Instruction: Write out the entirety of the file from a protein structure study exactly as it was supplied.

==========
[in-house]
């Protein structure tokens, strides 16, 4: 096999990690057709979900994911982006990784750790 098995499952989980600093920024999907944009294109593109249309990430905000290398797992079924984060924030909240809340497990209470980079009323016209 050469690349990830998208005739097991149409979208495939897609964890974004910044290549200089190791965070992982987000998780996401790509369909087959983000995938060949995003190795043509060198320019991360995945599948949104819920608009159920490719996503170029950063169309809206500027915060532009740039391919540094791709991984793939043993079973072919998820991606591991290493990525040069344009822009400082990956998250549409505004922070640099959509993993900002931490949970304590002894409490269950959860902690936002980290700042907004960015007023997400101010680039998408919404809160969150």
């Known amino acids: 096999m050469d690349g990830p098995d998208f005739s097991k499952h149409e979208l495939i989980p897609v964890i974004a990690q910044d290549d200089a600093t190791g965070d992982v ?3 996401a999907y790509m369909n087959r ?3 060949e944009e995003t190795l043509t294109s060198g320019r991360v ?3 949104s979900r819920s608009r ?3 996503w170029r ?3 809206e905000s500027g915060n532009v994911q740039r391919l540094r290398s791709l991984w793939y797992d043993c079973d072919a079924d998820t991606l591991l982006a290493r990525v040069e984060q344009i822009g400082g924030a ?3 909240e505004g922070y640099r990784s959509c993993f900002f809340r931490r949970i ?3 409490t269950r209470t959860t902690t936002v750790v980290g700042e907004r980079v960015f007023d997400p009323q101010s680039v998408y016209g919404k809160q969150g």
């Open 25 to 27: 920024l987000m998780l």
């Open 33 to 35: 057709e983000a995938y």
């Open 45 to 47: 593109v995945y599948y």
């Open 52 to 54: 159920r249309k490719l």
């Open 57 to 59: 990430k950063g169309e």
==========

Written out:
[in-house]
């Protein structure tokens, strides 16, 4: 096999990690057709979900994911982006990784750790 098995499952989980600093920024999907944009294109593109249309990430905000290398797992079924984060924030909240809340497990209470980079009323016209 050469690349990830998208005739097991149409979208495939897609964890974004910044290549200089190791965070992982987000998780996401790509369909087959983000995938060949995003190795043509060198320019991360995945599948949104819920608009159920490719996503170029950063169309809206500027915060532009740039391919540094791709991984793939043993079973072919998820991606591991290493990525040069344009822009400082990956998250549409505004922070640099959509993993900002931490949970304590002894409490269950959860902690936002980290700042907004960015007023997400101010680039998408919404809160969150």
């Known amino acids: 096999m050469d690349g990830p098995d998208f005739s097991k499952h149409e979208l495939i989980p897609v964890i974004a990690q910044d290549d200089a600093t190791g965070d992982v ?3 996401a999907y790509m369909n087959r ?3 060949e944009e995003t190795l043509t294109s060198g320019r991360v ?3 949104s979900r819920s608009r ?3 996503w170029r ?3 809206e905000s500027g915060n532009v994911q740039r391919l540094r290398s791709l991984w793939y797992d043993c079973d072919a079924d998820t991606l591991l982006a290493r990525v040069e984060q344009i822009g400082g924030a ?3 909240e505004g922070y640099r990784s959509c993993f900002f809340r931490r949970i ?3 409490t269950r209470t959860t902690t936002v750790v980290g700042e907004r980079v960015f007023d997400p009323q101010s680039v998408y016209g919404k809160q969150g």
């Open 25 to 27: 920024l987000m998780l």
């Open 33 to 35: 057709e983000a995938y």
């Open 45 to 47: 593109v995945y599948y």
């Open 52 to 54: 159920r249309k490719l």
């Open 57 to 59: 990430k950063g169309e």